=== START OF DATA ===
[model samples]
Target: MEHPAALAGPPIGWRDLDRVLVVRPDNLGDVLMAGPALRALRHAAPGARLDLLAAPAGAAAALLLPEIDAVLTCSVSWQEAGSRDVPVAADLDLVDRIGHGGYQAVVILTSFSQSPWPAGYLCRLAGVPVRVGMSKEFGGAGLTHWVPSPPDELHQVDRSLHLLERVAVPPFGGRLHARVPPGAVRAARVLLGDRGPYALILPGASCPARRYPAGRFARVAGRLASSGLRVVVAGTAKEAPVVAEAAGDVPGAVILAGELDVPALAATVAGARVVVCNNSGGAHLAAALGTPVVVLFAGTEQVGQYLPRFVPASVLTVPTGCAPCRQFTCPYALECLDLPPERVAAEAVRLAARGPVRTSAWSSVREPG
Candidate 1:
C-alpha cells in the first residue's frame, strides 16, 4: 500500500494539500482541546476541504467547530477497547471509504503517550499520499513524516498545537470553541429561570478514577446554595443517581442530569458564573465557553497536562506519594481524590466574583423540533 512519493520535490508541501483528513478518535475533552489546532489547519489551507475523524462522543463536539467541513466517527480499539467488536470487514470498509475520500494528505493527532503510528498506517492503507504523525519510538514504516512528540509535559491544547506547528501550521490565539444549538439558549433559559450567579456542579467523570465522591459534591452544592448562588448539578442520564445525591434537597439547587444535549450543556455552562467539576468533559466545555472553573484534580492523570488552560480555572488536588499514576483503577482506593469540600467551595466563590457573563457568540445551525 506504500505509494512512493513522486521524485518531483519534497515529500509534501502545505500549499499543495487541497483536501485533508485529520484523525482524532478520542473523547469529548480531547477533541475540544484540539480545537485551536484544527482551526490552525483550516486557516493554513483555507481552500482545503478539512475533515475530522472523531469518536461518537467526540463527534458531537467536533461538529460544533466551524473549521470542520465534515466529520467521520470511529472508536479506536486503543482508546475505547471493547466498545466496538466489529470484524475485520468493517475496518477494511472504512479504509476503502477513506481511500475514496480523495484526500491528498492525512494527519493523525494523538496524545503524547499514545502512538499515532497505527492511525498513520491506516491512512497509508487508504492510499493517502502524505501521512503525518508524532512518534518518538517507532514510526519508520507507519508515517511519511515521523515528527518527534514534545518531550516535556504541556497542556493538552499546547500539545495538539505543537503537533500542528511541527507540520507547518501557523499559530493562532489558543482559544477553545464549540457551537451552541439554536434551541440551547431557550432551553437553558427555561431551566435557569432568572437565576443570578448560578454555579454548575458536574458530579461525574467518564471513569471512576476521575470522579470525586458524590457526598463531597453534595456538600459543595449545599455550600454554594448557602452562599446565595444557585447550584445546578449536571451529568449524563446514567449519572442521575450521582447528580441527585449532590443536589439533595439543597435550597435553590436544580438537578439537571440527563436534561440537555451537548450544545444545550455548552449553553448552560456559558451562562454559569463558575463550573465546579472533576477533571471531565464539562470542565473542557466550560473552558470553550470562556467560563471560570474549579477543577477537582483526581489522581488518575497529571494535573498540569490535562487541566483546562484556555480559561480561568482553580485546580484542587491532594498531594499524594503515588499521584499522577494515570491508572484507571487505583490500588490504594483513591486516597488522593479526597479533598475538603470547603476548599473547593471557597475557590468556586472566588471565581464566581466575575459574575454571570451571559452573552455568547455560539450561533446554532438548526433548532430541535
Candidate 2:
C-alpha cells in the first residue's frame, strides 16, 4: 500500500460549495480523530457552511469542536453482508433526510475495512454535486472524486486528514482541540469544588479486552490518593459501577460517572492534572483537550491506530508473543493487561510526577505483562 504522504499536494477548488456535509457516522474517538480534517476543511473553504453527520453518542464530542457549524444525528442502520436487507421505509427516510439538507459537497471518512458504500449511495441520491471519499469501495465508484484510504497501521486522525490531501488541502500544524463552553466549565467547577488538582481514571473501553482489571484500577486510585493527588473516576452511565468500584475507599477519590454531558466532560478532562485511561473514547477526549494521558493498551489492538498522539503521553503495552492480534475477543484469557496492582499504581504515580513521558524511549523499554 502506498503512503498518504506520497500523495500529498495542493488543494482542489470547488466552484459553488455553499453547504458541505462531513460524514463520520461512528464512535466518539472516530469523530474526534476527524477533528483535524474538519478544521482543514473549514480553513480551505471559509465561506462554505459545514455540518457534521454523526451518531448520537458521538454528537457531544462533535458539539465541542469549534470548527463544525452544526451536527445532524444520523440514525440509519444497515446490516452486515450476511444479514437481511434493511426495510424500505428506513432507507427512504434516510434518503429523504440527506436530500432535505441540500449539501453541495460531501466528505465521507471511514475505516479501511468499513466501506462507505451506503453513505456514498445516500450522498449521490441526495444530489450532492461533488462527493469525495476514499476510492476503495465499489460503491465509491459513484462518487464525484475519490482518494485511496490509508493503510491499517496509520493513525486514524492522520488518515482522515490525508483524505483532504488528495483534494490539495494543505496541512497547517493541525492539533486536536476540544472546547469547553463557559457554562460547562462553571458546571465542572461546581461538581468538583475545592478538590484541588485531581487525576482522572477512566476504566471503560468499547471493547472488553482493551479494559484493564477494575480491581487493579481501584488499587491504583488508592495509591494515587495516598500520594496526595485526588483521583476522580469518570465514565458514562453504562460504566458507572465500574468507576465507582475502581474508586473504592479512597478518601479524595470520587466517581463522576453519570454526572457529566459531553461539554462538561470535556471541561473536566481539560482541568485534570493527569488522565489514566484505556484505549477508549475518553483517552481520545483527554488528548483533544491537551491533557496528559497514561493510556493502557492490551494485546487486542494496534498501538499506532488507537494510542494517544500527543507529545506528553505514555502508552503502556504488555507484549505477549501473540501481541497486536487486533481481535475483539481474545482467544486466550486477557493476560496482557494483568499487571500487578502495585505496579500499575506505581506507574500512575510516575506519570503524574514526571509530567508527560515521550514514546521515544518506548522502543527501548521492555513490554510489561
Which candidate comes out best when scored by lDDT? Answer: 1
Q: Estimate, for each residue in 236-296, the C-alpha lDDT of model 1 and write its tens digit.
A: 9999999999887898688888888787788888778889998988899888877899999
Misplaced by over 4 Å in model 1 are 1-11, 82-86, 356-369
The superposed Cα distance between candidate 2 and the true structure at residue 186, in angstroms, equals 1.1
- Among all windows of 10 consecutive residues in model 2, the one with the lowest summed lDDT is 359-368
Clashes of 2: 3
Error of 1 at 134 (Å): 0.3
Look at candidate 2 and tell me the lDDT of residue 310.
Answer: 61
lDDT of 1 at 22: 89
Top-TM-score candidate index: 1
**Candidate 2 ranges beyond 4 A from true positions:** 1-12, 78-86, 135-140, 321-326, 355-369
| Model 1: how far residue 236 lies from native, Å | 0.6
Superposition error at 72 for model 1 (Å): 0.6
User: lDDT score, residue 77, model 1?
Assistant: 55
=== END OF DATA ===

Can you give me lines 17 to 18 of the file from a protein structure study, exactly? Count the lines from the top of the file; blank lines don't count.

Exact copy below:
lDDT of 1 at 22: 89
Top-TM-score candidate index: 1